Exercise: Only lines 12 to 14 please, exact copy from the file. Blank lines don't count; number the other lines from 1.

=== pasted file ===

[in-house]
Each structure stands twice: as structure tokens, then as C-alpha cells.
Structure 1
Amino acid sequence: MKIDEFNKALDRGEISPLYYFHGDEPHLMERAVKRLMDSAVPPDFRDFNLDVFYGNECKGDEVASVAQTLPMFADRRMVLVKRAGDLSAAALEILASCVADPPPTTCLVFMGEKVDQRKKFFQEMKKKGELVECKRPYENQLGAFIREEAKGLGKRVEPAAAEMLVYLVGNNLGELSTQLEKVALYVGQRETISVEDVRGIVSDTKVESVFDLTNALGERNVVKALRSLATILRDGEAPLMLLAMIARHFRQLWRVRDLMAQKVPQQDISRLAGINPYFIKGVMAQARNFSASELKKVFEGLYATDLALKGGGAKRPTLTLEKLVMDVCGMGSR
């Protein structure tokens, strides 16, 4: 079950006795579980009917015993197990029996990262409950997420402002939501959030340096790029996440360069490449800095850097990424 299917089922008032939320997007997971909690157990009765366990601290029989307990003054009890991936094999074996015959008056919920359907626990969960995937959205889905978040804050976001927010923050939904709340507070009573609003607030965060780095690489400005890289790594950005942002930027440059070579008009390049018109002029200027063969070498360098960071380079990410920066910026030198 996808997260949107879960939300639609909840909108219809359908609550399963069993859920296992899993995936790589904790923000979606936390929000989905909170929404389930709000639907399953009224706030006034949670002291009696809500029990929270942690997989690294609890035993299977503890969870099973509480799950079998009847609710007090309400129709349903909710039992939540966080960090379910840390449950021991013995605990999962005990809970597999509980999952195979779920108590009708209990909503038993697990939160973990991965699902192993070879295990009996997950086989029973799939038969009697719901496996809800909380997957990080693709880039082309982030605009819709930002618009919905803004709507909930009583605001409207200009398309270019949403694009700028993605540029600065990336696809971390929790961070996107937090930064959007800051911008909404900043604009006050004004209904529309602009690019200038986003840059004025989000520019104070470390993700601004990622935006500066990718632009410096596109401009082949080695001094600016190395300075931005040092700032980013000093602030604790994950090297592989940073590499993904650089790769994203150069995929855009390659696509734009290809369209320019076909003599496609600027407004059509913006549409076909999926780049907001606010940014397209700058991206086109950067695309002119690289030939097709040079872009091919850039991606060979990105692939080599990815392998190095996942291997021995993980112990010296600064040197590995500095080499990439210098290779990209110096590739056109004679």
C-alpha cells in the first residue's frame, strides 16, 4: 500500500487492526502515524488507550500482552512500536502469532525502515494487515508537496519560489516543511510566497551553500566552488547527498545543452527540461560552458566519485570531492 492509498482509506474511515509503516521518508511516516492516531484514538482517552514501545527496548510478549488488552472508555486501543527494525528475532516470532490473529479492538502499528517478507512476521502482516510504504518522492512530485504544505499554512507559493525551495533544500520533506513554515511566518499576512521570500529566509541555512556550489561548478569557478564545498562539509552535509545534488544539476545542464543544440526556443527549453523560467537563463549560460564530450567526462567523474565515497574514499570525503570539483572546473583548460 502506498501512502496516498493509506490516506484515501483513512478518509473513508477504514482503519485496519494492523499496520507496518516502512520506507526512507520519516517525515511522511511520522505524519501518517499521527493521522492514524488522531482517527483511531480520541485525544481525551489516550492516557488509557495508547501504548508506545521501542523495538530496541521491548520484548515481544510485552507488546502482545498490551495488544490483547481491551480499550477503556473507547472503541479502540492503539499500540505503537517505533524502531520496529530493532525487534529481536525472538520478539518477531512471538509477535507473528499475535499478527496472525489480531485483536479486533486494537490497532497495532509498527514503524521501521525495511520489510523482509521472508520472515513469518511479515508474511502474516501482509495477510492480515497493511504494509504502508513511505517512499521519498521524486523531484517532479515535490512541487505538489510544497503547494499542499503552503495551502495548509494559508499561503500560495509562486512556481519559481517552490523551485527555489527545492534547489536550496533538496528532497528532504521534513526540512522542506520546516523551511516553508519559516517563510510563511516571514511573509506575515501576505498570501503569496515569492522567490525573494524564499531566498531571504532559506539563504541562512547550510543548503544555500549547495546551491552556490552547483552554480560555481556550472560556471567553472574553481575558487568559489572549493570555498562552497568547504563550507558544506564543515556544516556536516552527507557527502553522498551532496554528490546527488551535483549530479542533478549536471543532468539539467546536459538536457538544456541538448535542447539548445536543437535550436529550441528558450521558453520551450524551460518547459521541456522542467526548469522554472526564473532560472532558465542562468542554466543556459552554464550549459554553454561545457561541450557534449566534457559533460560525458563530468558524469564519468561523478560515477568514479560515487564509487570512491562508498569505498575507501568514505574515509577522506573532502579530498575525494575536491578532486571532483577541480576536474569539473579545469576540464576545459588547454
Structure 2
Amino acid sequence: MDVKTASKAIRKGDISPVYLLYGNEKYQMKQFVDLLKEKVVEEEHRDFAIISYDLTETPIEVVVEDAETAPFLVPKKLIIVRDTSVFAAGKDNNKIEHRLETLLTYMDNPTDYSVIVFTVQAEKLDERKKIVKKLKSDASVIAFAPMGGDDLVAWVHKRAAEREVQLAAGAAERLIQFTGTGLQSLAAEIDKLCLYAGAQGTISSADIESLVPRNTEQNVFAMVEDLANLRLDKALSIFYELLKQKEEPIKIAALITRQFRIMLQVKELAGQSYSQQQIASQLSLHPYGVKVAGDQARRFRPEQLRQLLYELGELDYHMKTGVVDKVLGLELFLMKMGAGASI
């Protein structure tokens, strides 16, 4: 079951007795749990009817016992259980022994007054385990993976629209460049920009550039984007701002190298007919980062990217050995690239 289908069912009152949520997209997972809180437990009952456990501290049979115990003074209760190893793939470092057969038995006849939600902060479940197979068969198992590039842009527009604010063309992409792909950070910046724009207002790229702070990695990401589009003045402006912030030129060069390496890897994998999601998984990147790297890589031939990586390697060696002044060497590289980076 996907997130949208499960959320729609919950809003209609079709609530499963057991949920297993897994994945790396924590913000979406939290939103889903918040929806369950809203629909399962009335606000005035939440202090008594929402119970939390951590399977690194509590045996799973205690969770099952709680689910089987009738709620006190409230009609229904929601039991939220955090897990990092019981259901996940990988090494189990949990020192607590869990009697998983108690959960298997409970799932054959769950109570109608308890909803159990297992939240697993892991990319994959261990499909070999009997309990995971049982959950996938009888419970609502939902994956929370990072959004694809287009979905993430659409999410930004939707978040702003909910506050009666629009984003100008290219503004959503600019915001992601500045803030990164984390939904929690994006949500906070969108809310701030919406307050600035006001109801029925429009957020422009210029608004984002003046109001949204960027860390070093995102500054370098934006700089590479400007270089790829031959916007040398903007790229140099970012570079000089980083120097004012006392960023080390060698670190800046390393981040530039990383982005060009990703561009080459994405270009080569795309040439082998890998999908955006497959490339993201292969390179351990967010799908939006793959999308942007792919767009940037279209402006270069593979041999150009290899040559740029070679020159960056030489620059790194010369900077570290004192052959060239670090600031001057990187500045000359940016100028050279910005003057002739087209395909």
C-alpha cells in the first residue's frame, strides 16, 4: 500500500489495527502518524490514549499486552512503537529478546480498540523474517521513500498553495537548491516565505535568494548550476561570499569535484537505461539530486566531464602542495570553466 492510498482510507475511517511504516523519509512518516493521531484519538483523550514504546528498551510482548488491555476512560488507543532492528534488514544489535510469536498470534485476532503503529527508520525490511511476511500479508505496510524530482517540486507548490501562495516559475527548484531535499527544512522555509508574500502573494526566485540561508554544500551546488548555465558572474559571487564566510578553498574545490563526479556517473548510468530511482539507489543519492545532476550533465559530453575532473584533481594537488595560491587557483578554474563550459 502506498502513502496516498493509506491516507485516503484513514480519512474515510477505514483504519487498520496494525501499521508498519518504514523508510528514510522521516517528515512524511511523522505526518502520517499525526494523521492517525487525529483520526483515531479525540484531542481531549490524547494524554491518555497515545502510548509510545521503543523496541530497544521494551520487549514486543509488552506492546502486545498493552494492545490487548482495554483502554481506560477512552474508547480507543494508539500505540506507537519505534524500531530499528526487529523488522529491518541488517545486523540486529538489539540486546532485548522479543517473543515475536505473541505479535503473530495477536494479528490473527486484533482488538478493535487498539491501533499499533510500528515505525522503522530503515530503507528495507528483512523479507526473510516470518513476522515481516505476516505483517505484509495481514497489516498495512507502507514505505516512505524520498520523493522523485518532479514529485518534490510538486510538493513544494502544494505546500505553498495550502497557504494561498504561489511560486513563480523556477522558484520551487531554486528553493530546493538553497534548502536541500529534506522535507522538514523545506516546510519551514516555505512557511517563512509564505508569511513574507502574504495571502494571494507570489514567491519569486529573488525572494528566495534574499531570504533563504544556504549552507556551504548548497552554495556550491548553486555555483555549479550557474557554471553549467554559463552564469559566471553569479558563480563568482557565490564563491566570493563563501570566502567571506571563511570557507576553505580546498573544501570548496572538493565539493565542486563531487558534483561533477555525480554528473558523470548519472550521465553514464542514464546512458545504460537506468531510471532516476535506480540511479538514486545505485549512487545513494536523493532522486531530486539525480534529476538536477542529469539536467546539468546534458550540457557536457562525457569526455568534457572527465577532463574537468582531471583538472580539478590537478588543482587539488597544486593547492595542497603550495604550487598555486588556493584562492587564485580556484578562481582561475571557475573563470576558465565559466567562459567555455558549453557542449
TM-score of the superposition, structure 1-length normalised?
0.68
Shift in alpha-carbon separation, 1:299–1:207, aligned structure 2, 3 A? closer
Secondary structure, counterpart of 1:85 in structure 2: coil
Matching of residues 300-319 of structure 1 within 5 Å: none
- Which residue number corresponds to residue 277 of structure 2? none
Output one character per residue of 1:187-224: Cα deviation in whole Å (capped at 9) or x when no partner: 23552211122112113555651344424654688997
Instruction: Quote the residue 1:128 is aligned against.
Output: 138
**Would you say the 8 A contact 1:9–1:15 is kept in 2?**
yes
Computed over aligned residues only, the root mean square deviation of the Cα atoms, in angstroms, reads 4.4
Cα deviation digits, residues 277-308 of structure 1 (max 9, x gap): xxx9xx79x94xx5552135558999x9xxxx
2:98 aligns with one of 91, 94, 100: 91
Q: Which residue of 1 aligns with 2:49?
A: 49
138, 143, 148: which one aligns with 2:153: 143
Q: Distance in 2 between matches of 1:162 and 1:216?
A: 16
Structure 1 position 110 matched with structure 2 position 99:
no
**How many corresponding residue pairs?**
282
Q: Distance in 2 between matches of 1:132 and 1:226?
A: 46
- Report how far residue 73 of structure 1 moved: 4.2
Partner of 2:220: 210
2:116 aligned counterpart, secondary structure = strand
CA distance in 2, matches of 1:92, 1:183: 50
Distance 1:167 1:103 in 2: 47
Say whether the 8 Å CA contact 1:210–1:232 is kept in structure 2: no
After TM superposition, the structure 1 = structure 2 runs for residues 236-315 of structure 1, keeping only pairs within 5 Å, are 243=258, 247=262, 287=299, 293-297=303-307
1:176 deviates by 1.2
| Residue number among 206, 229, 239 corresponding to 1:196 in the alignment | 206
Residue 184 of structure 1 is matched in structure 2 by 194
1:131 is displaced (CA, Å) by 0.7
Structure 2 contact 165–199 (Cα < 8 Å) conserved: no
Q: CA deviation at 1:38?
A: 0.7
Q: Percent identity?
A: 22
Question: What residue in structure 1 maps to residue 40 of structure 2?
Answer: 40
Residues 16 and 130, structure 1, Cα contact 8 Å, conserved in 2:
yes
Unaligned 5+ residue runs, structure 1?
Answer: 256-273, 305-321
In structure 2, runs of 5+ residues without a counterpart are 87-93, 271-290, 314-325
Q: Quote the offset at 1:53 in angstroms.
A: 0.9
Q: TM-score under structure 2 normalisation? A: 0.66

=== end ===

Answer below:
0.68
Shift in alpha-carbon separation, 1:299–1:207, aligned structure 2, 3 A? closer
Secondary structure, counterpart of 1:85 in structure 2: coil